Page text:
Despite a slew of recent renovations, travelers ranked Logan International Airport among the worst in the country for a third consecutive year, according to a J.D. Power survey released this week.
In a study of airports of comparable size, J.D. Power found that Logan came in 16th out of 19 airports. Orlando International and Las Vegas McCarran International tied for first place, while Newark Liberty placed last.
The study reported that travelers are more impressed with Logan’s food and retail offerings, accessibility, and baggage claim than in previous years, but those improved scores were not enough to keep the airport from being classified as “about average.” Not a distinction that many airports would trumpet.
“Several multibillion dollar airport construction projects — such as those in Boston, Los Angeles, and Chicago — are reaching phases in which passenger disruption and increased traffic will be incredibly hard to avoid,” Michael Taylor of J.D. Power said in a news release. “How well these rapidly expanding airports manage throughout these infrastructure projects will provide valuable insight into what’s in store on a nationwide basis.”
In the survey of more than 40,000 passengers, respondents were asked to rank their airport experiences in six categories: terminal facilities, airport accessibility, security check, baggage claim, check-in/baggage check, and food, beverage, and retail.
Logan placed “about average” in nearly every category. It placed below average (officially called “the rest”) in accessibility and food, beverage, and retail.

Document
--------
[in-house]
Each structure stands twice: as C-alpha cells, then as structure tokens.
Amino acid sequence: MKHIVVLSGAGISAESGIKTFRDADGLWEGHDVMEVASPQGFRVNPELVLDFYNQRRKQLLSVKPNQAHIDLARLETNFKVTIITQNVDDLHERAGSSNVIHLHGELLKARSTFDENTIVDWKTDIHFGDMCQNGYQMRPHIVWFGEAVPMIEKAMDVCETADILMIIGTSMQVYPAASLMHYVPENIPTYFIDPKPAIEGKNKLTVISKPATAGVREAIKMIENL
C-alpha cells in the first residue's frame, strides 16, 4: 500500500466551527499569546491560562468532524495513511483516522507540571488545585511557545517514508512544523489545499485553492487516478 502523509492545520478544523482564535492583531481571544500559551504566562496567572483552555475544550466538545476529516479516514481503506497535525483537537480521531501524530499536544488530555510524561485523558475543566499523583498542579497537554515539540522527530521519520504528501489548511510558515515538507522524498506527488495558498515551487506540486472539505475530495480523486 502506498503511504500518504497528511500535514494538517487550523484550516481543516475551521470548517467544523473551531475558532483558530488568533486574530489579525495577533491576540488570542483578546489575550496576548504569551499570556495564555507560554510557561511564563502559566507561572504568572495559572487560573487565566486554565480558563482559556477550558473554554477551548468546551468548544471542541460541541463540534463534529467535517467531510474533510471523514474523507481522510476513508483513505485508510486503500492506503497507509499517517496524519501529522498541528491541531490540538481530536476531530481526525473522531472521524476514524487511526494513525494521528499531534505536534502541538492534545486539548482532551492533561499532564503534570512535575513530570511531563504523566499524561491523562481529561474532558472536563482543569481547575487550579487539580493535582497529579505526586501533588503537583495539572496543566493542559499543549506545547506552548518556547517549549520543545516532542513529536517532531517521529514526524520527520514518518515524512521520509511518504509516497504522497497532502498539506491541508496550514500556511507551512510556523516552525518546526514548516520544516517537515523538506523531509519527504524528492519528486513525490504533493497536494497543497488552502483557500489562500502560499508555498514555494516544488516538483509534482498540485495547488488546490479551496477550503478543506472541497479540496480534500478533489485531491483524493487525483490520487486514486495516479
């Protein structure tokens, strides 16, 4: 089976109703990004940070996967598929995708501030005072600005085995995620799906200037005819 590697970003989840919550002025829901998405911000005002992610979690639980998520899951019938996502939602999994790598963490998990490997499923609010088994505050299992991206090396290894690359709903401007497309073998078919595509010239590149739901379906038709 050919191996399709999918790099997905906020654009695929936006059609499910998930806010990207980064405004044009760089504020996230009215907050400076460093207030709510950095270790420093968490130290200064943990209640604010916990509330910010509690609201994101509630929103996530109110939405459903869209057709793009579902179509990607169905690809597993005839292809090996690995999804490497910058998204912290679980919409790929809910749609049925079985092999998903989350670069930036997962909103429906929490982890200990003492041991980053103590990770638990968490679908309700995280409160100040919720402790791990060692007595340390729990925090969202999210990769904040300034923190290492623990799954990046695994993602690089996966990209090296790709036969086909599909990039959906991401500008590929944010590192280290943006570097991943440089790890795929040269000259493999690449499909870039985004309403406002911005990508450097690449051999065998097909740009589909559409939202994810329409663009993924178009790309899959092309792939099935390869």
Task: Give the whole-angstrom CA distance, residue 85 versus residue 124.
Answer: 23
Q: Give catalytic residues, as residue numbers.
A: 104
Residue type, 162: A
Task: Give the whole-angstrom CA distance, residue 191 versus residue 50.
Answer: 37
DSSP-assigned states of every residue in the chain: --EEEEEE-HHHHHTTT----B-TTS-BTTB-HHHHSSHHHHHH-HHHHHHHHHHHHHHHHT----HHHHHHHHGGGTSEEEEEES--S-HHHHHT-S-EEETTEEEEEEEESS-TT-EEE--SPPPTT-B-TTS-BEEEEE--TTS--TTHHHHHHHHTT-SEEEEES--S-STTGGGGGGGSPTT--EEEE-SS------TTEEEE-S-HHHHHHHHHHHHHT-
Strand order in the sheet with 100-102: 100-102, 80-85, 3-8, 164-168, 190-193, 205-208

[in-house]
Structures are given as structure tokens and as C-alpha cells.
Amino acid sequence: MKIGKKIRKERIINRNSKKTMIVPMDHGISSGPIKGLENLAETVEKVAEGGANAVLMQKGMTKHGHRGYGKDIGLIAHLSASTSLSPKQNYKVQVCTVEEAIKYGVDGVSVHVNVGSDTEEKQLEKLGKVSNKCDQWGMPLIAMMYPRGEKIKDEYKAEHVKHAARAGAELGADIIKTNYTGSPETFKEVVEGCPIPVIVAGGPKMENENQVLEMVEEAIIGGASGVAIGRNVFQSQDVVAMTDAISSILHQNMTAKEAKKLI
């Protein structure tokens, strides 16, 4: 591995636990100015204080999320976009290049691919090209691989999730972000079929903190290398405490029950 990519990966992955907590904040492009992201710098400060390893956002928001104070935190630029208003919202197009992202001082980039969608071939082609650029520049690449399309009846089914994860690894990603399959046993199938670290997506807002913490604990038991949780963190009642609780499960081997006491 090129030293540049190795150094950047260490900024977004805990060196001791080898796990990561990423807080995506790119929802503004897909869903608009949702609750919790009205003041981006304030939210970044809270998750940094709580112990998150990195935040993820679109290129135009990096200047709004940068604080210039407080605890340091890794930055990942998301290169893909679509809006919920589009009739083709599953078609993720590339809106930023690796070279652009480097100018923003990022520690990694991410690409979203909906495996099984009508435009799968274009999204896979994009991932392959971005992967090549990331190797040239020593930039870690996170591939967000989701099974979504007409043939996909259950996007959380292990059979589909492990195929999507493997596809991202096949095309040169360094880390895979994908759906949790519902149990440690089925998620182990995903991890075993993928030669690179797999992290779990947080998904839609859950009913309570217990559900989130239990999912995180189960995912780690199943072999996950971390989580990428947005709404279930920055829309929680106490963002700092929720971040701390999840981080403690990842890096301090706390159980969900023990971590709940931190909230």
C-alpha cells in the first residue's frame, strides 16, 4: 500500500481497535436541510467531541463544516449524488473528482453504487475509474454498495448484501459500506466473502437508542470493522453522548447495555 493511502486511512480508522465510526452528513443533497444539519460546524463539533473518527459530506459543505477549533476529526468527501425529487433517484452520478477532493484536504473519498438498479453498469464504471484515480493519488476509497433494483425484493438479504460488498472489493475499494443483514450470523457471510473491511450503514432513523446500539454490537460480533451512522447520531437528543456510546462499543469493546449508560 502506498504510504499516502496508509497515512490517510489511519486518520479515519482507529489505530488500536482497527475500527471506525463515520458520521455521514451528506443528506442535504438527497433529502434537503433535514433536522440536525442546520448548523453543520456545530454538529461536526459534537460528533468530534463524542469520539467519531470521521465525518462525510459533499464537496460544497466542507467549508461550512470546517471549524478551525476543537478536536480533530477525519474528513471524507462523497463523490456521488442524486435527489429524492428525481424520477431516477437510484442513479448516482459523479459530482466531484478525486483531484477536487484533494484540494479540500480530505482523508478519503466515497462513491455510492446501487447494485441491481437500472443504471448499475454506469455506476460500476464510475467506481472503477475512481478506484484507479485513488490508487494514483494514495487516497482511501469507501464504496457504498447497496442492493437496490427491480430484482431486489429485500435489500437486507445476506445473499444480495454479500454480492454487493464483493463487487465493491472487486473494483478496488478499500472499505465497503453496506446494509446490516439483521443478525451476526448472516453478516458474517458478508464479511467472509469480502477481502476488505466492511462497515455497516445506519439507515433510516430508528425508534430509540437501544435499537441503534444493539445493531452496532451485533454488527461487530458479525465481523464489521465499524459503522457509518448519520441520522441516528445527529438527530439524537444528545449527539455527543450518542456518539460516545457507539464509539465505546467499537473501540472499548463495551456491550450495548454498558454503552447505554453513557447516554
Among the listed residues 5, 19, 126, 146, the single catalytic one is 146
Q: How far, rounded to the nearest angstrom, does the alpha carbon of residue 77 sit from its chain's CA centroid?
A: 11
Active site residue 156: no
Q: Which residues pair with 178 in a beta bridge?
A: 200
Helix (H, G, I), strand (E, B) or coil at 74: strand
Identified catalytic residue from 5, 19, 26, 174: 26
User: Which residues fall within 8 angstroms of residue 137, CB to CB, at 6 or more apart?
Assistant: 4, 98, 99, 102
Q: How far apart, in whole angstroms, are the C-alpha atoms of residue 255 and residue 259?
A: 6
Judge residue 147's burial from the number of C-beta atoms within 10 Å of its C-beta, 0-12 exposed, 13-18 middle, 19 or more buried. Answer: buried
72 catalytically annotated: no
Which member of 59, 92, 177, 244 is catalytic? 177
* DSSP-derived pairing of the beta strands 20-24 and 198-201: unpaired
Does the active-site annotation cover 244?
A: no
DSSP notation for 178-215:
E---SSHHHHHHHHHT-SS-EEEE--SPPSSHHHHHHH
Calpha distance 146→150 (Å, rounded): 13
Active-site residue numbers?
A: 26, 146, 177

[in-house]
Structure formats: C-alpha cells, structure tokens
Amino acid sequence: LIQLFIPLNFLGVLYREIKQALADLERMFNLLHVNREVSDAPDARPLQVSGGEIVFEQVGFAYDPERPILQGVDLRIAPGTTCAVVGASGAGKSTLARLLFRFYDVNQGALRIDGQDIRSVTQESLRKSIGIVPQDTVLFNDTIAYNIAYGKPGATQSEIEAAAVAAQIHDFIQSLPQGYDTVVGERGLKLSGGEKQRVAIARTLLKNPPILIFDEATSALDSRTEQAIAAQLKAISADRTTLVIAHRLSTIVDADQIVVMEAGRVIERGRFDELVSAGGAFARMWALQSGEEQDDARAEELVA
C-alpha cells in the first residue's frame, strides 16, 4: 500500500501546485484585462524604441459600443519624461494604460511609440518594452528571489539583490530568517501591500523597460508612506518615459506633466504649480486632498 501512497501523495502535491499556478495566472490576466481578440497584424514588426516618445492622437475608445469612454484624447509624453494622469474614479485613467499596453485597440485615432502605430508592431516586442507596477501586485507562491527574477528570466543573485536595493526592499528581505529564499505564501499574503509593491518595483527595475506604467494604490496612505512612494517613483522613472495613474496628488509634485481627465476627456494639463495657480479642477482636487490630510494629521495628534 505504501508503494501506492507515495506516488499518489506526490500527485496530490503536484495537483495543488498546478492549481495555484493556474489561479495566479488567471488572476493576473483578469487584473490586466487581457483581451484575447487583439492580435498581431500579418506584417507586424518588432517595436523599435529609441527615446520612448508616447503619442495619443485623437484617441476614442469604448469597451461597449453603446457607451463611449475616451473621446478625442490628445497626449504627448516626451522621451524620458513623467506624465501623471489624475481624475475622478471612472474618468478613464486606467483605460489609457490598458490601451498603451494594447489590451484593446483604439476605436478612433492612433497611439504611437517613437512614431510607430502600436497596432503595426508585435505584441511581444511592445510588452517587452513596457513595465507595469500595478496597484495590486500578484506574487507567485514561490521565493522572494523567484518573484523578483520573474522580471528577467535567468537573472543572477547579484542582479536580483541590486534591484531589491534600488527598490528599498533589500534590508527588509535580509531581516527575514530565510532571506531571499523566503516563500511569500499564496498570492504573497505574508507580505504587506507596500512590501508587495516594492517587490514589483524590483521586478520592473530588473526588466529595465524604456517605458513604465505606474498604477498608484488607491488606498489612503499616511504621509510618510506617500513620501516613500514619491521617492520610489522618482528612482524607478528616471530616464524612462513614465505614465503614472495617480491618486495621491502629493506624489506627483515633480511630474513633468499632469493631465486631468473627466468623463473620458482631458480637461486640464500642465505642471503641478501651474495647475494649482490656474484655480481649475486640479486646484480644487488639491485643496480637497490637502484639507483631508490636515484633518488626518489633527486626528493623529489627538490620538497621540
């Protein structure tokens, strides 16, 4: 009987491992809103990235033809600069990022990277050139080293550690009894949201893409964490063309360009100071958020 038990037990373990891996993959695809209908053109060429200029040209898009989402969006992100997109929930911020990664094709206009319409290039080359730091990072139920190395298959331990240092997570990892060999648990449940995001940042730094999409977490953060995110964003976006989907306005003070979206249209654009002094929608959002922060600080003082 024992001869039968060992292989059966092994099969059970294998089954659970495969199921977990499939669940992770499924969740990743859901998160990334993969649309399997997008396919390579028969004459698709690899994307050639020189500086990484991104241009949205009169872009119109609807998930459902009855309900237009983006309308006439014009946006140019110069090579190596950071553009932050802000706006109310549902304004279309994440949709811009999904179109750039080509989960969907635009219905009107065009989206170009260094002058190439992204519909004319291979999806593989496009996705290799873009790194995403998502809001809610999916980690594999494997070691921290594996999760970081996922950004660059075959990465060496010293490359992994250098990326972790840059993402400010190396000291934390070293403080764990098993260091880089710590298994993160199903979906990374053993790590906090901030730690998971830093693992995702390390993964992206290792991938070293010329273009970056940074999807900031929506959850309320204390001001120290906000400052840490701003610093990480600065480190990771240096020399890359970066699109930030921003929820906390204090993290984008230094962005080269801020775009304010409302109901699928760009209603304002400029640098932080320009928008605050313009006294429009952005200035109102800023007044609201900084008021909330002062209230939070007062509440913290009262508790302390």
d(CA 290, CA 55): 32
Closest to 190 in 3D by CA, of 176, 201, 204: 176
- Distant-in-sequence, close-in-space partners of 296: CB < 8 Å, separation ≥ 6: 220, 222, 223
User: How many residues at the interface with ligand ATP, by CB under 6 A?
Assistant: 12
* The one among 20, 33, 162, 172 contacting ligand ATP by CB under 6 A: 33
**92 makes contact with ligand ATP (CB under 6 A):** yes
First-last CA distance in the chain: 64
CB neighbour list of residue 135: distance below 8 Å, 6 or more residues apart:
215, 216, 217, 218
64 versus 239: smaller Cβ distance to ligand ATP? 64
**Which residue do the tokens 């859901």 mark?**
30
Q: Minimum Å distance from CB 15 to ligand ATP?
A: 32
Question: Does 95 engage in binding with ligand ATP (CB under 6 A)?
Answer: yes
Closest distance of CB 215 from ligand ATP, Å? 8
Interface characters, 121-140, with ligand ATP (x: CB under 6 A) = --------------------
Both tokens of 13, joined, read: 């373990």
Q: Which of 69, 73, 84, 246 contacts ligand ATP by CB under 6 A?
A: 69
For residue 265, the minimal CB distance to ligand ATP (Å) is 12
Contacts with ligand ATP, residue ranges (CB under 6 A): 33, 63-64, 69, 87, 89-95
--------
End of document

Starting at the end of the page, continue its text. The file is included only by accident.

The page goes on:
Logan has been in a near-constant state of renovation for the better part of a decade, trying to keep up with changing passenger tastes, security enhancements, and a growing number of airlines.
In 2016, Massport finished a $160 million upgrade of Terminal E. In February, AECOM, along with design partner Luis Vidal & Architects, was awarded a design-and-engineering contract for $750 million worth of further upgrades at Terminal E over 10 years.
Terminal B renovations, which are scheduled for completion next year, will add about 70,000 square feet plus new dining options, such as Kelly’s Roast Beef and Lucca Restaurant & Bar.
“In order to keep up with airport trends, what the airlines want to see, and what passengers expect, there’s almost always some sort of construction at the airport, large or small,” Thomas Glynn, the chief executive of Massport, said in an e-mail.
That construction has left the airport not always looking its finest.
Massport announced last month that the operators of Boston Public Market will open a 6,000-square-foot outpost of the downtown marketplace next spring in Terminal C, which will include Santarpio’s Pizza, Sullivan’s Castle Island, and Saloniki Greek.
Those additions could help Logan’s lagging food and beverage scores.
The J.D. Power survey scored airports on a scale of 1 to 1,000. Orlando and Las Vegas came in with a customer satisfaction score of 781; Logan’s score was 747. It’s a dramatic improvement from its 2016 score of 689. Last year, Logan scored 733. Logan falls into the mega-airport category, competing against the nation’s largest airports.
In response to the J.D. Power survey, Massport released a study it commissioned this year from the national nonprofit research firm Mass Insight. In that study, 76 percent of travelers had a “very/somewhat favorable” opinion of Logan, 16 percent had a “very/somewhat unfavorable” view of the airport, and the remaining 8 percent didn’t have an opinion.
Those looking to cling to a bit of airport home pride can take heart in the fact that both Chicago O’Hare and Los Angeles International scored lower than Boston.
Christopher Muther can be reached at email@example.com. Follow him on Twitter@Chris_Muther.